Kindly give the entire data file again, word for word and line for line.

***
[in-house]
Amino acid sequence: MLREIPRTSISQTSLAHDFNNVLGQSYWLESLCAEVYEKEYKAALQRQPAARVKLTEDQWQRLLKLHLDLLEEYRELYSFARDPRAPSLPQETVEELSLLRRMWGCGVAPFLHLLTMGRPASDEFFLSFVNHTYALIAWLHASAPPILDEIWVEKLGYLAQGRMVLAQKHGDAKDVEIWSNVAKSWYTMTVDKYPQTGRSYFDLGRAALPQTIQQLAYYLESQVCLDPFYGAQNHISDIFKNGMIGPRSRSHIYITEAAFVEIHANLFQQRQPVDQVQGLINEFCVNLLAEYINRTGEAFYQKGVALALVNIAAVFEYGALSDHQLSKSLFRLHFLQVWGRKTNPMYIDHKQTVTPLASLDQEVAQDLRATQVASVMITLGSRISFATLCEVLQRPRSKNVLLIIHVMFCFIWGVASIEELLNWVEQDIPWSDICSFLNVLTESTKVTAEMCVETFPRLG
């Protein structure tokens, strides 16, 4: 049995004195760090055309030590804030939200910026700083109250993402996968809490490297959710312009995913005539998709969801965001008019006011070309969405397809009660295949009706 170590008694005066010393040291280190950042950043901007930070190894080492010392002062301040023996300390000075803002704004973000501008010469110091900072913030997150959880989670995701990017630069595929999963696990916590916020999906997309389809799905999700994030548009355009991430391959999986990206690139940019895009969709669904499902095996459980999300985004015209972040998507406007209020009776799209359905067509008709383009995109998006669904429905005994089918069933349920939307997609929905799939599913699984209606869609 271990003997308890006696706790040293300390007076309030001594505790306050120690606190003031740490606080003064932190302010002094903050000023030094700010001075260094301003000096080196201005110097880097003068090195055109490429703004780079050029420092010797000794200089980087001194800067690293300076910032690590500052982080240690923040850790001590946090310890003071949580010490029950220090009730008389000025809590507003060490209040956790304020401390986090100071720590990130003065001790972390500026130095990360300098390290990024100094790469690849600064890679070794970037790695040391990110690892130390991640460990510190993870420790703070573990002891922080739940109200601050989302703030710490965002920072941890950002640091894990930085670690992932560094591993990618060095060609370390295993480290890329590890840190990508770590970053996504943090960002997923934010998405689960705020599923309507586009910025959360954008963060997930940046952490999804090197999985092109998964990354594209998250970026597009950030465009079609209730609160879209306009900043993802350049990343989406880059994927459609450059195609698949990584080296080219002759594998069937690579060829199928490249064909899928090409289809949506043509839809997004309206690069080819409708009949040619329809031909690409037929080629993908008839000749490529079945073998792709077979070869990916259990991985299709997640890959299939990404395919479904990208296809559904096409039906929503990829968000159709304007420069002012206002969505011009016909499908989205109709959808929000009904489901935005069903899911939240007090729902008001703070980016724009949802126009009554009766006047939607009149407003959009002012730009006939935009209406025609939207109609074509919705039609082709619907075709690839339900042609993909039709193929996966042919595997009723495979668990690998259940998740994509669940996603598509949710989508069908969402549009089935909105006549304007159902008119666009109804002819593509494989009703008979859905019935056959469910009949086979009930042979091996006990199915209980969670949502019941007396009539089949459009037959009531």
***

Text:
[in-house]
Amino acid sequence: MLREIPRTSISQTSLAHDFNNVLGQSYWLESLCAEVYEKEYKAALQRQPAARVKLTEDQWQRLLKLHLDLLEEYRELYSFARDPRAPSLPQETVEELSLLRRMWGCGVAPFLHLLTMGRPASDEFFLSFVNHTYALIAWLHASAPPILDEIWVEKLGYLAQGRMVLAQKHGDAKDVEIWSNVAKSWYTMTVDKYPQTGRSYFDLGRAALPQTIQQLAYYLESQVCLDPFYGAQNHISDIFKNGMIGPRSRSHIYITEAAFVEIHANLFQQRQPVDQVQGLINEFCVNLLAEYINRTGEAFYQKGVALALVNIAAVFEYGALSDHQLSKSLFRLHFLQVWGRKTNPMYIDHKQTVTPLASLDQEVAQDLRATQVASVMITLGSRISFATLCEVLQRPRSKNVLLIIHVMFCFIWGVASIEELLNWVEQDIPWSDICSFLNVLTESTKVTAEMCVETFPRLG
């Protein structure tokens, strides 16, 4: 049995004195760090055309030590804030939200910026700083109250993402996968809490490297959710312009995913005539998709969801965001008019006011070309969405397809009660295949009706 170590008694005066010393040291280190950042950043901007930070190894080492010392002062301040023996300390000075803002704004973000501008010469110091900072913030997150959880989670995701990017630069595929999963696990916590916020999906997309389809799905999700994030548009355009991430391959999986990206690139940019895009969709669904499902095996459980999300985004015209972040998507406007209020009776799209359905067509008709383009995109998006669904429905005994089918069933349920939307997609929905799939599913699984209606869609 271990003997308890006696706790040293300390007076309030001594505790306050120690606190003031740490606080003064932190302010002094903050000023030094700010001075260094301003000096080196201005110097880097003068090195055109490429703004780079050029420092010797000794200089980087001194800067690293300076910032690590500052982080240690923040850790001590946090310890003071949580010490029950220090009730008389000025809590507003060490209040956790304020401390986090100071720590990130003065001790972390500026130095990360300098390290990024100094790469690849600064890679070794970037790695040391990110690892130390991640460990510190993870420790703070573990002891922080739940109200601050989302703030710490965002920072941890950002640091894990930085670690992932560094591993990618060095060609370390295993480290890329590890840190990508770590970053996504943090960002997923934010998405689960705020599923309507586009910025959360954008963060997930940046952490999804090197999985092109998964990354594209998250970026597009950030465009079609209730609160879209306009900043993802350049990343989406880059994927459609450059195609698949990584080296080219002759594998069937690579060829199928490249064909899928090409289809949506043509839809997004309206690069080819409708009949040619329809031909690409037929080629993908008839000749490529079945073998792709077979070869990916259990991985299709997640890959299939990404395919479904990208296809559904096409039906929503990829968000159709304007420069002012206002969505011009016909499908989205109709959808929000009904489901935005069903899911939240007090729902008001703070980016724009949802126009009554009766006047939607009149407003959009002012730009006939935009209406025609939207109609074509919705039609082709619907075709690839339900042609993909039709193929996966042919595997009723495979668990690998259940998740994509669940996603598509949710989508069908969402549009089935909105006549304007159902008119666009109804002819593509494989009703008979859905019935056959469910009949086979009930042979091996006990199915209980969670949502019941007396009539089949459009037959009531």